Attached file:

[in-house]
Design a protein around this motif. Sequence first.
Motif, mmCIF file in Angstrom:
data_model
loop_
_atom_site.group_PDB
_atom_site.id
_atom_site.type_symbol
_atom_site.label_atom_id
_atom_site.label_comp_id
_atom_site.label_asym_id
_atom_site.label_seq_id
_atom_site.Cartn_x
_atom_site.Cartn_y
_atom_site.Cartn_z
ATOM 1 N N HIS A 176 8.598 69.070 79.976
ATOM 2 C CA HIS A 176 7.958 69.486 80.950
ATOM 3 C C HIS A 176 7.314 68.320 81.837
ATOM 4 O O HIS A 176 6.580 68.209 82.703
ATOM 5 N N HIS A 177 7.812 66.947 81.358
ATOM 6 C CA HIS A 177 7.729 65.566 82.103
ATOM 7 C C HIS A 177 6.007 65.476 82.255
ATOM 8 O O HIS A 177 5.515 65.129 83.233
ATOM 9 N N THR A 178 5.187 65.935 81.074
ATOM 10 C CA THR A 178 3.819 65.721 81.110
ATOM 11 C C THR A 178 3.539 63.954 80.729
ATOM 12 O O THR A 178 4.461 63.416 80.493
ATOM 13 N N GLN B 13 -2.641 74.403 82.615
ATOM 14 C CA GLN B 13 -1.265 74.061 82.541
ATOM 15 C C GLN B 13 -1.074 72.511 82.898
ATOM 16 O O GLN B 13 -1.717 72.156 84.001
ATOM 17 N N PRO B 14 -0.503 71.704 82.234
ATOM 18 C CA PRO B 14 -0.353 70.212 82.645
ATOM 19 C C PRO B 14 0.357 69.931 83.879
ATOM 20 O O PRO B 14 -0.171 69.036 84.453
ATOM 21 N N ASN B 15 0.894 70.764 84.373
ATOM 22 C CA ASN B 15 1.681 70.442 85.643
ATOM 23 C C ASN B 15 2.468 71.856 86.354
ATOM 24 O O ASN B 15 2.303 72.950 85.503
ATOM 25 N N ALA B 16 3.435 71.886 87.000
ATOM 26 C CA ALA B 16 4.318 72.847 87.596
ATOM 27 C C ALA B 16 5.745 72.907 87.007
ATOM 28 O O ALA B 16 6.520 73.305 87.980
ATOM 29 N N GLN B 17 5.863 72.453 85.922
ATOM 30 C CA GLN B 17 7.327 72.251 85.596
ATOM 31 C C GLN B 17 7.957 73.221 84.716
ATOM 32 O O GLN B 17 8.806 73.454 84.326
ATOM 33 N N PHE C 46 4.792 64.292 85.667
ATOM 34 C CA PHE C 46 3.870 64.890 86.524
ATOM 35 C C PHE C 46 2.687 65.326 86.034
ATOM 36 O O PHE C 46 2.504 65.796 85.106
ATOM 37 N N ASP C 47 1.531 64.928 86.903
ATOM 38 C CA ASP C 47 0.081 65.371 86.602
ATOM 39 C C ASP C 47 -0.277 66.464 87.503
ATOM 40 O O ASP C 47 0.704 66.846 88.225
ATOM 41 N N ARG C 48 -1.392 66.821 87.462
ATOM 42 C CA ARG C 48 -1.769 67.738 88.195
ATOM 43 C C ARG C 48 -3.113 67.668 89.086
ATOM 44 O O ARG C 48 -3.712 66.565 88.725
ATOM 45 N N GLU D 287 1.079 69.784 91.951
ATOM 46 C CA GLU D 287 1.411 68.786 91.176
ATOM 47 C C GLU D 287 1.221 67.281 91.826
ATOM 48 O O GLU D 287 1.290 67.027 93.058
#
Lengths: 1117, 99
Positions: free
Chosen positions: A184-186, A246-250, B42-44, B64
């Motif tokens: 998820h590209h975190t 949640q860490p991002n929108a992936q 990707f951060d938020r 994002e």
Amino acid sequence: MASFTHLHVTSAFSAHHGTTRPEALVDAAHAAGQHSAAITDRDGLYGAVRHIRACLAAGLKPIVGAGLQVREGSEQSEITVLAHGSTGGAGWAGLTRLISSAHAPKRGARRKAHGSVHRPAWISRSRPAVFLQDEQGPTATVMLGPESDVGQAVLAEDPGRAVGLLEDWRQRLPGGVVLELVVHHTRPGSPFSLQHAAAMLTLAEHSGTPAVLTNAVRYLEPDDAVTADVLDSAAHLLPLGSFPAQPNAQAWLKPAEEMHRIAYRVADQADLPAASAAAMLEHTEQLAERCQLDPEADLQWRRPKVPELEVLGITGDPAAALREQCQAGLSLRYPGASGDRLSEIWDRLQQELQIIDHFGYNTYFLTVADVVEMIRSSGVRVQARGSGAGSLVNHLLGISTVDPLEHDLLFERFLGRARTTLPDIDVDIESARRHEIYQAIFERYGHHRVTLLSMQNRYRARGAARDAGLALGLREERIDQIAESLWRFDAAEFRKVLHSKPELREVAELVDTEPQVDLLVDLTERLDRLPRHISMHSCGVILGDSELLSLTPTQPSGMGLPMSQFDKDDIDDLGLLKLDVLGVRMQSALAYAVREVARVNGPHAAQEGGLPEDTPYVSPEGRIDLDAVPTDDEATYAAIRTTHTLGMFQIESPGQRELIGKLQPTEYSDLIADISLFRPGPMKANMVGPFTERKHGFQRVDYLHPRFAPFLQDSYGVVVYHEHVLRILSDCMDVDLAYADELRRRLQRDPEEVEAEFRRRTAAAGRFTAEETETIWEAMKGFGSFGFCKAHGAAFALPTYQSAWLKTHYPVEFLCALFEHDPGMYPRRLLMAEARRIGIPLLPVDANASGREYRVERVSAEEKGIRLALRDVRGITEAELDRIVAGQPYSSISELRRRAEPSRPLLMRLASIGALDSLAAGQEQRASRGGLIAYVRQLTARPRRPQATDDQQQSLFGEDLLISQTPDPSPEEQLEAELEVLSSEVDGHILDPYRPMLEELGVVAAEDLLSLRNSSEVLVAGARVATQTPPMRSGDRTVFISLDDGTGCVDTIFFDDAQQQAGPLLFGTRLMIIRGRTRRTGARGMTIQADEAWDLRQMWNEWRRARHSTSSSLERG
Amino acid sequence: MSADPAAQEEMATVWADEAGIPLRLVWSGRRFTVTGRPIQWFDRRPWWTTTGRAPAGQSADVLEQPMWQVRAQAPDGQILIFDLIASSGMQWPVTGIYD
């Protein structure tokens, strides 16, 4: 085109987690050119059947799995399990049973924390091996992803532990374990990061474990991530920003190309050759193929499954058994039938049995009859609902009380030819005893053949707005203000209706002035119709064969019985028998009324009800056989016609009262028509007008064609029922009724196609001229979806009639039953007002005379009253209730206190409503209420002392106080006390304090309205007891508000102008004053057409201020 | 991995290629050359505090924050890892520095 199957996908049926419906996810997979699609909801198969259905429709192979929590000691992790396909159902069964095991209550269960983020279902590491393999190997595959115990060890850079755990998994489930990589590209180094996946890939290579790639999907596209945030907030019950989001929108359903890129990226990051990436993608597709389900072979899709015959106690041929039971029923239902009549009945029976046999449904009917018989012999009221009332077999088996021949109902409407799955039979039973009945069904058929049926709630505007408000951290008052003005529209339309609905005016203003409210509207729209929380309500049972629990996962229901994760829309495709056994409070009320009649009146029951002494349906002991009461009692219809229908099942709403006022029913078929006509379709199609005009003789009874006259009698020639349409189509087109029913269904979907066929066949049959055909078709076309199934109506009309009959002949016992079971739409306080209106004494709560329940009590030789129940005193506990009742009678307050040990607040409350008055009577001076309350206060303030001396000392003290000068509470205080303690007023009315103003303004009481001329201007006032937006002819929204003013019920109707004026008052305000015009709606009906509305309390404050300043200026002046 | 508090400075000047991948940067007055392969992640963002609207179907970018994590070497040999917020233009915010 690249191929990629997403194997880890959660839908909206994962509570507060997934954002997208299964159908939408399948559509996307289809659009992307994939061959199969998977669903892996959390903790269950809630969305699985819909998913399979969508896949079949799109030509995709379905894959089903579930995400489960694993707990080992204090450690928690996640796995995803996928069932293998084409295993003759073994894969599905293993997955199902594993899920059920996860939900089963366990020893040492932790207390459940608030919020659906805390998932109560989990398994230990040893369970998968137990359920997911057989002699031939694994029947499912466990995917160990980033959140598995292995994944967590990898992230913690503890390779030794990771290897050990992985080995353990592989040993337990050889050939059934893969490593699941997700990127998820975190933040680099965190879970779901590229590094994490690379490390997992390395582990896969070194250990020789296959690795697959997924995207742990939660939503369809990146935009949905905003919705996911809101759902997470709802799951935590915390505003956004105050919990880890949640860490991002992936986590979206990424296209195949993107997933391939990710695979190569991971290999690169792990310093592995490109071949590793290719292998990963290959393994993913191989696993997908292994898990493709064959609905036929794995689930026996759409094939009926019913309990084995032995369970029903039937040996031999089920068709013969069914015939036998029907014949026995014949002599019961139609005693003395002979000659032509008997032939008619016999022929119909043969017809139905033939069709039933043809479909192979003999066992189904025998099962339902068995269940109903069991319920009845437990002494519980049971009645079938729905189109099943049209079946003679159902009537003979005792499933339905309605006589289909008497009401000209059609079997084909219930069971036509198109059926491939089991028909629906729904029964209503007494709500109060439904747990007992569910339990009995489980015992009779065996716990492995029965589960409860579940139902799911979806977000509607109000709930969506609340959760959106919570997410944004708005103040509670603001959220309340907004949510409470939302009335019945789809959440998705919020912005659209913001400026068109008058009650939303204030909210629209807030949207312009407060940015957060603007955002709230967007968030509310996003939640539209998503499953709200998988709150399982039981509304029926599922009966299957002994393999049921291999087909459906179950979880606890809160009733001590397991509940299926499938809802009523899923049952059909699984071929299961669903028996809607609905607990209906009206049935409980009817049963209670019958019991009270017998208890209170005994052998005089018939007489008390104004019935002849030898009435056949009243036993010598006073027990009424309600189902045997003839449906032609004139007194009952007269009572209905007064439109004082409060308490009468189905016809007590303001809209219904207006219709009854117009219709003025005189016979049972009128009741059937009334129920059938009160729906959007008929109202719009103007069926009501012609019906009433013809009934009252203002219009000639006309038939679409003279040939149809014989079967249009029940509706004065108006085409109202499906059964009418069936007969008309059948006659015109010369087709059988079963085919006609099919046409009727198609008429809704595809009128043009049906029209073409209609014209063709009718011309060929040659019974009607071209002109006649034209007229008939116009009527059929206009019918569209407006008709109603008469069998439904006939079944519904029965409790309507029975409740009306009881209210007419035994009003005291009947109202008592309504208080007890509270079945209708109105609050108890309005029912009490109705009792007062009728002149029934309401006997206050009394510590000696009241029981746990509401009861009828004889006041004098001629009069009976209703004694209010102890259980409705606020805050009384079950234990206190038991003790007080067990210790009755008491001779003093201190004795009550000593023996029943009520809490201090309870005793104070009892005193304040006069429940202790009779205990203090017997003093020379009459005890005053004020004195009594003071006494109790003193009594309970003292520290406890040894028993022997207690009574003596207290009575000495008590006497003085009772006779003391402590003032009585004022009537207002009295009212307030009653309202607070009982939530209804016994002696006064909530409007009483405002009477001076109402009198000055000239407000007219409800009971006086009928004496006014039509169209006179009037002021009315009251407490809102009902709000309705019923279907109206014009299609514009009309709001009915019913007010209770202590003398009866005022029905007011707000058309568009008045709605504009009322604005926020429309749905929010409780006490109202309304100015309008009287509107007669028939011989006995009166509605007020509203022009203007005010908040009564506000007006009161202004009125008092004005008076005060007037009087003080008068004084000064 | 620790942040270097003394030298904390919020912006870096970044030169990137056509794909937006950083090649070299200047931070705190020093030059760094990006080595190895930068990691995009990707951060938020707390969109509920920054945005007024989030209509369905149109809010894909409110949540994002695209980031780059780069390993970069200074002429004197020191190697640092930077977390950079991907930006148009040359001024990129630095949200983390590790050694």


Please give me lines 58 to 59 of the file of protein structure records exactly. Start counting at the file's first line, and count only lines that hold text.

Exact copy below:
ATOM 43 C C ARG C 48 -3.113 67.668 89.086
ATOM 44 O O ARG C 48 -3.712 66.565 88.725